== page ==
In Bruges (Blu-ray) (2008)

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Released 11-Mar-2009

Cover Art

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Details At A Glance

General Extras
Category Comedy thriller Deleted Scenes
Featurette-Strange Bruges
Featurette-When in Bruges
Featurette-A Boat Trip Around Bruges
Featurette-F**king Bruges
Rating Rated MA
Year Of Production 2008
Running Time 102:29
RSDL / Flipper Dual Layered Cast & Crew
Start Up Menu
Region Coding 4 Directed By Martin McDonagh

Icon Entertainment
Starring Colin Farrell
Brendan Gleeson
Ralph Fiennes
Clémence Poésy
Jérémie Renier
Thekla Reuten
Jordan Prentice
Zeljko Ivanek
Elizabeth Berrington
Case ?
RPI $39.95 Music Carter Burwell

Video Audio
Pan & Scan/Full Frame None English Dolby Digital 5.1 (640Kb/s)
English DTS HD Master Audio 5.1
Widescreen Aspect Ratio 2.35:1
16x9 Enhancement
16x9 Enhanced
Video Format 1080p
Original Aspect Ratio 2.35:1 Miscellaneous
Jacket Pictures No
Subtitles None Smoking Yes
Annoying Product Placement No
Action In or After Credits No

NOTE: The Profanity Filter is ON. Turn it off here.

Plot Synopsis

    Selected to headline and open the Sundance Film Festival, In Bruges is far from yet another another Guy Ritchie-style, bullets-and-bravado comedy as promised in its trailers. Rather, In Bruges is almost impossible to pigeonhole or predict. Written and directed by the talented Martin McDonagh, In Bruges is an excellent character study that ping pongs between black comedy and heavy tragedy. Colin Farrell provides an outstanding performance, and it is no surprise he won a Golden Globe Award for Best Actor in a Musical or Comedy. Meanwhile, McDonagh won a BAFTA, and was also nominated for an Oscar, for Best Original Screenplay. The film and its beautiful fairytale setting of Bruges both look simply gorgeous in high definition.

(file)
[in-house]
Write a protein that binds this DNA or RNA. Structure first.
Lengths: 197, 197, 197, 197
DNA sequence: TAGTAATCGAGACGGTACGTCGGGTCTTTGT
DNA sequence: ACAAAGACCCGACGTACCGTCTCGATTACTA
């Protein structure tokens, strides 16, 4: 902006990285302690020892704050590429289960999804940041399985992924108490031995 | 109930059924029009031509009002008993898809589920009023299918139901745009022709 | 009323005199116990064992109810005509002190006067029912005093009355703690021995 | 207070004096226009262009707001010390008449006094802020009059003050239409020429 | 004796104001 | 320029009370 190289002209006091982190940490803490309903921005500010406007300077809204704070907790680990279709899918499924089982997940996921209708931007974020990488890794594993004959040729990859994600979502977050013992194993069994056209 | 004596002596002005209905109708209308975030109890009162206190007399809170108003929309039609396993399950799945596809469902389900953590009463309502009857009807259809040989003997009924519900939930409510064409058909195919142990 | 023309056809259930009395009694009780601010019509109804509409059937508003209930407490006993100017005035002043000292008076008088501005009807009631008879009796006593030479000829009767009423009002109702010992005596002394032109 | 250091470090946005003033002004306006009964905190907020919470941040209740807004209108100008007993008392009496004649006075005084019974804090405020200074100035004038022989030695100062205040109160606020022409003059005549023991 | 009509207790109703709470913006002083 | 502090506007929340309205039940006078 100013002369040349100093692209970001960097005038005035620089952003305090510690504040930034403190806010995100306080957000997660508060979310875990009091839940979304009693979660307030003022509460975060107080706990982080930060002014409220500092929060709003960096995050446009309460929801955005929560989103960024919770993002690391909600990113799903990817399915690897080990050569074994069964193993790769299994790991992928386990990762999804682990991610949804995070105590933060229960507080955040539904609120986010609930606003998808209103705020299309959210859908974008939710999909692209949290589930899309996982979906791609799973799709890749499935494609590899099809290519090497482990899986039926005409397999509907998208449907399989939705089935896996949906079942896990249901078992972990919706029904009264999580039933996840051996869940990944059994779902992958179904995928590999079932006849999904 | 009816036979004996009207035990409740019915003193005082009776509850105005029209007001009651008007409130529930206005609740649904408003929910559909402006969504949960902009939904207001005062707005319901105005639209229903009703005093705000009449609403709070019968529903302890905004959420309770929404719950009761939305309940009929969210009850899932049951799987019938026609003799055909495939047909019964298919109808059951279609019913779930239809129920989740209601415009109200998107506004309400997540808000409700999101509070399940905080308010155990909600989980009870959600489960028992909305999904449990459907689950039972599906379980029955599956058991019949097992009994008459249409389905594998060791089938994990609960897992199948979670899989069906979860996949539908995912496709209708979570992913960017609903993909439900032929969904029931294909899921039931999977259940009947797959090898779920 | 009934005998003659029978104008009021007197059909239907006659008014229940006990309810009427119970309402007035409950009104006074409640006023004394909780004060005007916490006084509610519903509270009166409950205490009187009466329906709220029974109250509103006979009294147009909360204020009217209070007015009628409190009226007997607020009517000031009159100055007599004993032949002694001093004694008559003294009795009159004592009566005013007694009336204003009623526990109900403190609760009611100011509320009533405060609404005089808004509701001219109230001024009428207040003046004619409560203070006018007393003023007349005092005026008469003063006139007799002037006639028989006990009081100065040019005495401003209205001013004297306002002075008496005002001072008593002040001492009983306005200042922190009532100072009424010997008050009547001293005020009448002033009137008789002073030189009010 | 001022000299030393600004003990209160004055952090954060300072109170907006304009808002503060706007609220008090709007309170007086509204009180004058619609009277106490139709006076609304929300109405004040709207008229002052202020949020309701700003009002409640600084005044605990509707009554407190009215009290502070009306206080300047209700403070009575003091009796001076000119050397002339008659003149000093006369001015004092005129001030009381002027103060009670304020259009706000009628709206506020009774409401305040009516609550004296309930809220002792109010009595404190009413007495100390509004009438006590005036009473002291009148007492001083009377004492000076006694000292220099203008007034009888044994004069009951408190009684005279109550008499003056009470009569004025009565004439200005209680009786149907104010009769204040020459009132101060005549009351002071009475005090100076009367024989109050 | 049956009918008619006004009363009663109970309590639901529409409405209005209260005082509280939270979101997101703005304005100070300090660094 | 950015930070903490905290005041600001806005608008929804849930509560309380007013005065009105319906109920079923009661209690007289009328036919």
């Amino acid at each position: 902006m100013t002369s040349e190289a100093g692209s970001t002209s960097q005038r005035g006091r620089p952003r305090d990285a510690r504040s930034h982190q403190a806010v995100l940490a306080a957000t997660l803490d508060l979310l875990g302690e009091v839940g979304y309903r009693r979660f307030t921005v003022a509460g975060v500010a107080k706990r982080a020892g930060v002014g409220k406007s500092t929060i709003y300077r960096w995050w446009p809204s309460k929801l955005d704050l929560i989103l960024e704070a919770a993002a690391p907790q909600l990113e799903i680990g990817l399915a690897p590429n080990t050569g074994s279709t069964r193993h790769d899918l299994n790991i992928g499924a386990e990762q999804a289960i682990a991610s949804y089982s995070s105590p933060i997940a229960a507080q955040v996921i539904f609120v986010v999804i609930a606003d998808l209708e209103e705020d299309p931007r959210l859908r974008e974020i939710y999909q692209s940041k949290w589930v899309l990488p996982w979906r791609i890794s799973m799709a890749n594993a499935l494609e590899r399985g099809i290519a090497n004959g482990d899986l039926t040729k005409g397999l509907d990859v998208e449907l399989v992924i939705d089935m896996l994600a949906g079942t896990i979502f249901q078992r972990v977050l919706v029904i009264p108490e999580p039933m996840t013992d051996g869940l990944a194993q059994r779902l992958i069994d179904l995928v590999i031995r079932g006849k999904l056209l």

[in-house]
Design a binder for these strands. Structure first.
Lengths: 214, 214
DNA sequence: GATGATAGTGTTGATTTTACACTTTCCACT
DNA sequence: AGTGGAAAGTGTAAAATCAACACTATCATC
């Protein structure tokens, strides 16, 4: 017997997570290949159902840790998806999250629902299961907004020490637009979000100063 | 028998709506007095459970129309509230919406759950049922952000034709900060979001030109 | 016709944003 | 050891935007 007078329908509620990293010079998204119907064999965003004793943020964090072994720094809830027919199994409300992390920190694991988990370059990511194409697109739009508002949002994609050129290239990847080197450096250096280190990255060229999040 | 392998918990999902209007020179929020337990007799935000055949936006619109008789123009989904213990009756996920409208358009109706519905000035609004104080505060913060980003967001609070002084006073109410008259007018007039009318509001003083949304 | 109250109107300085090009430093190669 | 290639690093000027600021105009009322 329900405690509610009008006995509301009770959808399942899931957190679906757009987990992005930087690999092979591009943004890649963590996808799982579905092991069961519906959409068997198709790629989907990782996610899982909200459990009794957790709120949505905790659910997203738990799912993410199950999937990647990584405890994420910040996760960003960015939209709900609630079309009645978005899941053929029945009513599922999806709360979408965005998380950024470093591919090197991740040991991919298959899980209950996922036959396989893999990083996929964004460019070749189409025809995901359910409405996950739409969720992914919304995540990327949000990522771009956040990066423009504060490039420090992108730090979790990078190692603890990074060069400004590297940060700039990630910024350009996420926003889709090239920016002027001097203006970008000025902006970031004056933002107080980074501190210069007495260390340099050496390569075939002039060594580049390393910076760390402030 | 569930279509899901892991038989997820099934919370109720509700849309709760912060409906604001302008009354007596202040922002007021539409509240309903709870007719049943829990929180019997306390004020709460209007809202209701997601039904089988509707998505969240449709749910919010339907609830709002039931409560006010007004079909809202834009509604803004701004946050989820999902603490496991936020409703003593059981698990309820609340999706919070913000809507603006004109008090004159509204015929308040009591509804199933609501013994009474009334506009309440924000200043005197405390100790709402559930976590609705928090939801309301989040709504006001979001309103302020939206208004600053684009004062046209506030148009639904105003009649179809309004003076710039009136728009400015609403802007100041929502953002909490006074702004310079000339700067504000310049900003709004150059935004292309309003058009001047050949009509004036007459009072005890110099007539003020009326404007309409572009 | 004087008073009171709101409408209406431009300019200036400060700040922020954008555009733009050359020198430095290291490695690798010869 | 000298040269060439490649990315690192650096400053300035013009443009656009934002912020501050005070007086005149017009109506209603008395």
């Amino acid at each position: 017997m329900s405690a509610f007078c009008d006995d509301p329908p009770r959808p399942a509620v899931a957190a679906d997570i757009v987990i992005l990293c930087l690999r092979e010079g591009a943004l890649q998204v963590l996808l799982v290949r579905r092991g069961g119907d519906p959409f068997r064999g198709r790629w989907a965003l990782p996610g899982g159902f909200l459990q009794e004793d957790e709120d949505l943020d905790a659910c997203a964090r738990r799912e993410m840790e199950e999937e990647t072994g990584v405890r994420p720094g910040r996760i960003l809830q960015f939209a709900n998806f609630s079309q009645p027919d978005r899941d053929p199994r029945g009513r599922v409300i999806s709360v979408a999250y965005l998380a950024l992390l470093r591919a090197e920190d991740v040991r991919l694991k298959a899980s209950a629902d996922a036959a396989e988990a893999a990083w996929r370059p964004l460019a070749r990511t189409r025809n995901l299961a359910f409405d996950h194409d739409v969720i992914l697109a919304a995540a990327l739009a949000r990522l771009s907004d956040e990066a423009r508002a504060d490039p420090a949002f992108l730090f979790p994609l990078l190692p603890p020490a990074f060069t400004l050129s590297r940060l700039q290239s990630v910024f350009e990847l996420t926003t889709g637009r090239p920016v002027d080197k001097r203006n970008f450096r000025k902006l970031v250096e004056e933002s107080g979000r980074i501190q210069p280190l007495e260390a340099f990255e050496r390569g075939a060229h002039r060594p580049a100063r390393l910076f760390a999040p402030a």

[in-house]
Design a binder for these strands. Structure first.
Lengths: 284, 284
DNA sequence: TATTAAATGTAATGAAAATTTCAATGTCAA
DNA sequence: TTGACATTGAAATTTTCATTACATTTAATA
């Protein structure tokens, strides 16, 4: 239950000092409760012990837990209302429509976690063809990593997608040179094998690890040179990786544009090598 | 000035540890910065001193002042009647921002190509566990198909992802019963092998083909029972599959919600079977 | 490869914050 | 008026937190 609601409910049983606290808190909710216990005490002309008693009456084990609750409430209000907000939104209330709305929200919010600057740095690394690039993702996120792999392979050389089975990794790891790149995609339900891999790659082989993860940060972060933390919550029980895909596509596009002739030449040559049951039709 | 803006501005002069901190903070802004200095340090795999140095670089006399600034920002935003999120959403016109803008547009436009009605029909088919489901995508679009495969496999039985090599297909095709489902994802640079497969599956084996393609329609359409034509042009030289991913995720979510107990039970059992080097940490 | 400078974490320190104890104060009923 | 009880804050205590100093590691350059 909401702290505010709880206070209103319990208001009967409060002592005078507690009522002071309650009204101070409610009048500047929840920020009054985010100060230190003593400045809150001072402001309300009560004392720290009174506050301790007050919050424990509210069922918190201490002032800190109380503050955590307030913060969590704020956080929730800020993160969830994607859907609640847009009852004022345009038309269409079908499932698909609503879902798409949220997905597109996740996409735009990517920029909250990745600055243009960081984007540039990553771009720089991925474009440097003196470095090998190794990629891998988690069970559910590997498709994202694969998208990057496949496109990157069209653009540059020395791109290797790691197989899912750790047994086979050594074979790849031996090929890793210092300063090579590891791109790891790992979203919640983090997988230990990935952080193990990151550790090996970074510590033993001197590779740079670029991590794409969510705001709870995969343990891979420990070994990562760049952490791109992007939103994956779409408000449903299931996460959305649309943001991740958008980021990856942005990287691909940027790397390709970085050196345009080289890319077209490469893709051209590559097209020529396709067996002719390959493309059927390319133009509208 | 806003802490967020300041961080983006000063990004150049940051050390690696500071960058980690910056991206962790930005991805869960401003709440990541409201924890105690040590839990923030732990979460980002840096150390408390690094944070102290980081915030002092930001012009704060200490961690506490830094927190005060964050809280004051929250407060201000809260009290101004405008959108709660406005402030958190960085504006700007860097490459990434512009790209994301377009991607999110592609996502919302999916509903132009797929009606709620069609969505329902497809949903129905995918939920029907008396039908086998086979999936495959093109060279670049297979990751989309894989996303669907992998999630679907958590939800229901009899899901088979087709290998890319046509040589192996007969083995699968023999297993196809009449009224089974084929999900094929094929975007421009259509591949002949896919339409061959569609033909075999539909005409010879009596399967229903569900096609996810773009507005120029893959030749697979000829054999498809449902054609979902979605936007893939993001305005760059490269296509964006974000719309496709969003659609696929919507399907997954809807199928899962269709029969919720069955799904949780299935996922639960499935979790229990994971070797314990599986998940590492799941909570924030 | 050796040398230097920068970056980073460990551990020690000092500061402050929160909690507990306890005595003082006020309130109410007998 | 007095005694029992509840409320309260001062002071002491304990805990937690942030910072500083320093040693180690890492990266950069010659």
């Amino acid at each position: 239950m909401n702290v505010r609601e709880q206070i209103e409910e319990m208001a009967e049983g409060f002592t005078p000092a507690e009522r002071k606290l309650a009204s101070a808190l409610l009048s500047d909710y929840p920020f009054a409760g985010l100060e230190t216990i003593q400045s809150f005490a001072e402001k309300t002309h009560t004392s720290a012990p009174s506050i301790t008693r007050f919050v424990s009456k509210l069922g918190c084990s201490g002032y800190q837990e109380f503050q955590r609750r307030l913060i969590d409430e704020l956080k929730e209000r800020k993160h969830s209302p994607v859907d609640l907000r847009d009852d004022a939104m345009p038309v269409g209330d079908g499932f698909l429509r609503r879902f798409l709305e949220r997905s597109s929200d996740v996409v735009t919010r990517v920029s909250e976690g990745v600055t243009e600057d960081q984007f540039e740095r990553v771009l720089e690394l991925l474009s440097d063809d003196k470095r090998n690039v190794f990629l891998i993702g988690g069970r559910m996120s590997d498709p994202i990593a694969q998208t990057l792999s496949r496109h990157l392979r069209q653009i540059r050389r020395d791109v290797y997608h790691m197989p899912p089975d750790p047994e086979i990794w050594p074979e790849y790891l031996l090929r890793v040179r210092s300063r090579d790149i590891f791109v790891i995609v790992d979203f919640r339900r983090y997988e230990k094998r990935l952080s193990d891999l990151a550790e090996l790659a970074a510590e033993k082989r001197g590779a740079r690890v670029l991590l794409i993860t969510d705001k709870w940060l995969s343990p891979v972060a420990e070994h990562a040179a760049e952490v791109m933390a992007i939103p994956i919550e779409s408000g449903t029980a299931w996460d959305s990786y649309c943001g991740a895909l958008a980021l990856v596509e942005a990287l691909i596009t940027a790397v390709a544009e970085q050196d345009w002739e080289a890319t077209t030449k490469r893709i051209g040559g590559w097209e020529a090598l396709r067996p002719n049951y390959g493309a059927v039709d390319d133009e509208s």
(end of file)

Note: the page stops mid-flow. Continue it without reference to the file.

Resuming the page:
In Bruges writer-director is Martin McDonagh, a brilliant English-born, Irish playwright, who has become the first author since Shakespeare to have four productions running simultaneously in London. In 2006 McDonagh wrote and directed his first short film, Six Shooter, which won an Oscar. In Bruges is his first feature-length movie and based on his success to date, I imagine that in coming years he will become as famous for filmmaking as he is for his plays.

    Interestingly, In Bruges roughly follows the structure of a three-act play. This is not unusual for films, but what is different here is that the three acts do not focus on and develop a single conflict in the plot. Rather, each act develops its own conflicts, involving different aspects of the same central characters, with common themes running throughout. Indeed, the plot serves the characters, rather than the characters serving the plot. In Bruges is a genuine character study, where the story, and all its sudden plot twists and turns, allows us to learn more about the characters.